As curators, Kate and I fully acknowledged the importance of the Disability Arts Movement and its historical and cultural significance. However, we were also aware that there were artists (such as myself) who, at times, questioned the framework of Disability Art festivals and events finding them too restrictive to contain our identities as artists, or the content and concerns within our practices. We felt strongly there was a need for a (predominantly visual) arts festival that addressed the issues faced by those artists who felt compromised by both Disability Arts and by the physical and philosophical barriers to mainstream arts – artists who ‘fell between two stalls’, so to speak, and who were potentially isolated. We recognised a need for a platform on which artists could have as much autonomy as possible to construct their own identities and to represent themselves free from any external pressure to conform prescriptively to either camp. Through VITAL, we hoped that problematising this dichotomy would provide a fertile discourse.

Historically, definitions and meanings of identity shift culturally and socially. They are as subjective and unstable as the numerous aesthetic and genre categorisations that artists find themselves in or define themselves and their work by. Relationships to contexts, agendas, criteria and critical reviews are negotiated; identities are appropriated. It may be that, if VITAL were taking place in 2012, a definition other than ‘disabled artist’ or ‘artists with a disability’ would be used to identify these artists – if it was deemed to be required at all. So, while finding it necessary here to use certain descriptors, I acknowledge the limits of any such label and the ongoing debate surrounding the use of the words ‘disabled’ and disability’. Karl Popper has stated: Definitions are either abbreviations and therefore unnecessary, though perhaps convenient, or they are Aristotelian attempts to “state the essence” of a word and are therefore unconscious conventional dogmas.’(4)

Since it would be impossible to talk here about all the events that made up VITAL, this text will focus on the six new artist commissions – by Jaap De Jonge, Alison Lapper, Tim Register, Bill Shannon, Ann Whitehurst and Aaron Williamson – and the symposium Vital Signs, giving consideration to how we dealt with issues such as commissioning, marketing, publicity and representation of the artists. In the main, I have drawn from archival documentation, including minuted notes from the regular meetings we held with the partner venues and marketing team, draft proposals, briefs, publicity, reviews and evaluation documents, as well as my own recollections.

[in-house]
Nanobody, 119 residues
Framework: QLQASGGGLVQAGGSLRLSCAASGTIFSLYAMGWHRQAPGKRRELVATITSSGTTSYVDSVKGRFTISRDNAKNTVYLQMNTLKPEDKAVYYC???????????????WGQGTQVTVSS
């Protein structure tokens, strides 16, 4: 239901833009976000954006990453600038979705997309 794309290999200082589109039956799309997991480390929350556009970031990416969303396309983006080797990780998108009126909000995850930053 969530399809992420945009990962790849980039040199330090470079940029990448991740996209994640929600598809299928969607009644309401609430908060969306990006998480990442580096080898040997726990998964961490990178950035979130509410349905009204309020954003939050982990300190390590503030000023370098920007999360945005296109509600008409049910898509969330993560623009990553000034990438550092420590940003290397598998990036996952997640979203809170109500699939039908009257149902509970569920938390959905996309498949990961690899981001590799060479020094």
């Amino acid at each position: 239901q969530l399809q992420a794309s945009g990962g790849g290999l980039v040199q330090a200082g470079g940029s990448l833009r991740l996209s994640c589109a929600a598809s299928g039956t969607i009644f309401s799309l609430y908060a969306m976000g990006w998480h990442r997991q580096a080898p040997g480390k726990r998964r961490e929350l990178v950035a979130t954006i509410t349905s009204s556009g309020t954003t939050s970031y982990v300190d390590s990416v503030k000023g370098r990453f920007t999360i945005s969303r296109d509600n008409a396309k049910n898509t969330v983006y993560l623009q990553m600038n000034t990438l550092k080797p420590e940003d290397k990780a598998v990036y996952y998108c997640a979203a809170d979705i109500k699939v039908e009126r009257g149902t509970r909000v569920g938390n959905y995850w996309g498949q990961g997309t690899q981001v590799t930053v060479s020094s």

Kate and I met through the Drawbridge Group, which was employed as a consultancy team by Nottingham Castle Museum and Art Galleries from 1995, when Kate was exhibitions officer there. The Drawbridge Group, of which I was vice chair, was one of the first to contract disabled people to advise museums comprehensively on issues ranging from physical access to staff awareness, training, programming, exhibition content, interpretation, marketing and front of house. The Drawbridge Group was also the lead applicant for the funding for VITAL, while Kate and myself devised and wrote the applications and briefs for the match funders.(5)

Kate’s curatorial concerns and her interests in the representation of artists collided with my own investigations of these issues within my artistic practice and resulted in a proposal for an art festival in 1997. We already knew our objective was not to formulate a dominant ‘disability’ or ‘able-bodied’ cultural and political message, but to attempt to problematise the polarisation of these identities and to place the ‘art’ in the primary position above hegemony. In addition, we aimed as far as possible to create a level playing field for all involved, and to open up spaces within which a discourse could take place around the issues raised. We wanted open questions rather than closed answers. The tagline for the brochure that accompanied the day-long symposium Vital Signs reflects the ethos of the festival:‘A day exploring the power of contradiction at the heart of the VITAL season through film, live presentation, open discussion and intervention. Tracing strategies, engaging work, exploding ideas.’